Everyone including yourselves say that stocks like DELL and INTC are the "old" leaders and will not lead again at least in the near future. I know by your writings that you have a large position in DELL and probably in INTC as well. Did you sell your positions? Are you holding these positions and waiting? What is your strategy if they begin to rise or fall (I know one is writing covered calls and/or buy puts on a fall and buying calls and/or writing puts on a rise). Will you sell into strength if they start to rally? I can see both DELL & INTC going down even further if they do not make a rally attempt in the next couple of months, particularly when tax selling time rolls around. What should be done with these positions if an investor just purchased them a couple of months ago and got caught in the down draft. Both were purchased as long term holds, but now things are not looking so good for these two companies. Seem to always be late to the game. I do believe INTC will be OK in 6 months to a year, but I'm concerned about DELL. Opinion please. (October 7, 2000)

  The hardest question in any position you have held long term and have a good cost basis in is "how long do I hold if the stock continues to sell?" Some stocks broadcast sell points long before the analysts start ragging on it, but INTC was pretty close to the vest until some negative calls were made against it. Some people use the 50 day moving average as a guide, but that will get you out of some long term positions that continue to move up. Moreover, if you own shares at $10 but the stock is at $70 and looking solid, the last thing you are thinking is selling. Then INTC started to soften with the analyst calls. One thing we do is continually draw trendlines, and we saw INTC break a trendline it held since the May lows, i.e., the bottom of the bear. That was alarming, but overall the market did not look horrible. It did not return over the trendline immediately, and that was worrisome. It continued down and then broke its 200 day moving average. That is a red light flashing. INTC did not trade below its 200 day moving average in over a year. When it tried to break back over that level the next session but was unable to do so, it was time to sell some shares. We thought we made a mistake as the stock shot right back up over the 200 day moving average. Two days later the bad news came out, however, and INTC tanked. It has continued to bleed, but is trying to find support around 40.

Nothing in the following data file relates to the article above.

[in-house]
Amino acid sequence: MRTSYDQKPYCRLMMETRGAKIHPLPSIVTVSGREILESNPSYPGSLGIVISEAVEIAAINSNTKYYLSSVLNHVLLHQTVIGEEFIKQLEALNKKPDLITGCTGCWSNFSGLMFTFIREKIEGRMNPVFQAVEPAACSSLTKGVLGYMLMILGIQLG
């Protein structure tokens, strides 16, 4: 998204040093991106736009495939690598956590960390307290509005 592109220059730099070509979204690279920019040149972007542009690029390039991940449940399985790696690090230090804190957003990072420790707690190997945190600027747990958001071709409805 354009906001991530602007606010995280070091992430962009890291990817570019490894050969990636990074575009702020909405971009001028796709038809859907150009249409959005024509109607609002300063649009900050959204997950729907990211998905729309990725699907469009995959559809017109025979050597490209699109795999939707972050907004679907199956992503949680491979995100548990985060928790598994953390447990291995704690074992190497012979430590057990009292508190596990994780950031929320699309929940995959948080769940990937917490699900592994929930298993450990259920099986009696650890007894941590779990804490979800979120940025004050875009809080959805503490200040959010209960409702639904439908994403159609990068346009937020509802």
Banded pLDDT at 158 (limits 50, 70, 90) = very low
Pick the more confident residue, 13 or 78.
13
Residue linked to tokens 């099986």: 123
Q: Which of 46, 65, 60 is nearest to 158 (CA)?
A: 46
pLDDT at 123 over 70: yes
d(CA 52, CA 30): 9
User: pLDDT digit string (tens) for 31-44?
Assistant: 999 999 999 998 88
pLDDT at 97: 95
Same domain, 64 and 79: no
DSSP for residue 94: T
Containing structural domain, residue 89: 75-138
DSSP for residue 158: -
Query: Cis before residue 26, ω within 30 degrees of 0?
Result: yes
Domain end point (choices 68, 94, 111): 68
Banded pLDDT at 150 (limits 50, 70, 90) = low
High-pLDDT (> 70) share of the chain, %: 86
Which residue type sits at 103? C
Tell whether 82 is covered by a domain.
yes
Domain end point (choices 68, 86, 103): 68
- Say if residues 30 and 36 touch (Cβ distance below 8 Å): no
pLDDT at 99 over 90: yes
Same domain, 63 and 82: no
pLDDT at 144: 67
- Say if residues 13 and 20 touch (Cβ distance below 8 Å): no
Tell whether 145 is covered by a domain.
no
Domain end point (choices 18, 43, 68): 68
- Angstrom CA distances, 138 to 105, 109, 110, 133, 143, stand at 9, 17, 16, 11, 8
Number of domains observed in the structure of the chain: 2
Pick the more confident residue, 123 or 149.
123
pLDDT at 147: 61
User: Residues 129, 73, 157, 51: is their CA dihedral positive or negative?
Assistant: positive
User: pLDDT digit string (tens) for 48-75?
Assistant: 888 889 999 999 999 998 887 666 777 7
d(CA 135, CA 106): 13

Stop losses did not help you on the gap down, though if you were taken out, you have done better as the stock has lost at least $5 since then. Now you have shares of a stock that is porbably not going to do a lot for at least 2 to 3 months as the indication is that the fourth quarter may be weak as well. We can sell, take the loss and look for a stock that is going up versus going nowhere. If we can catch a leader at a breakout in an improving market, we will make money back a lot faster than a stock that is not going to move much. We could be ahead of the game by the time the stock that tanked even starts stirring. Another method is to trade the calls and try to lower that cost basis down without getting called out. For example, INTC has not traded over 42.75 since tanking. We look at selling the $40 or $45 calls when it taps higher (it has been opening higher in the mornings and then selling back) and then let the stock fall and buy them back when it tries to turn up. You can do this aggressively, trading it each time it makes the move, each time whittling your cost basis down. Problem is, if the stock does not go anywhere, the option prices lose a lot of premium, and it become harder to net out a good return on the stock's movements. Thus, if you see the market improving and leaders nearing a breakout, it might be best to dump a losing position that is basically dead money and put it to work in a stock that is going somewhere a lot faster.


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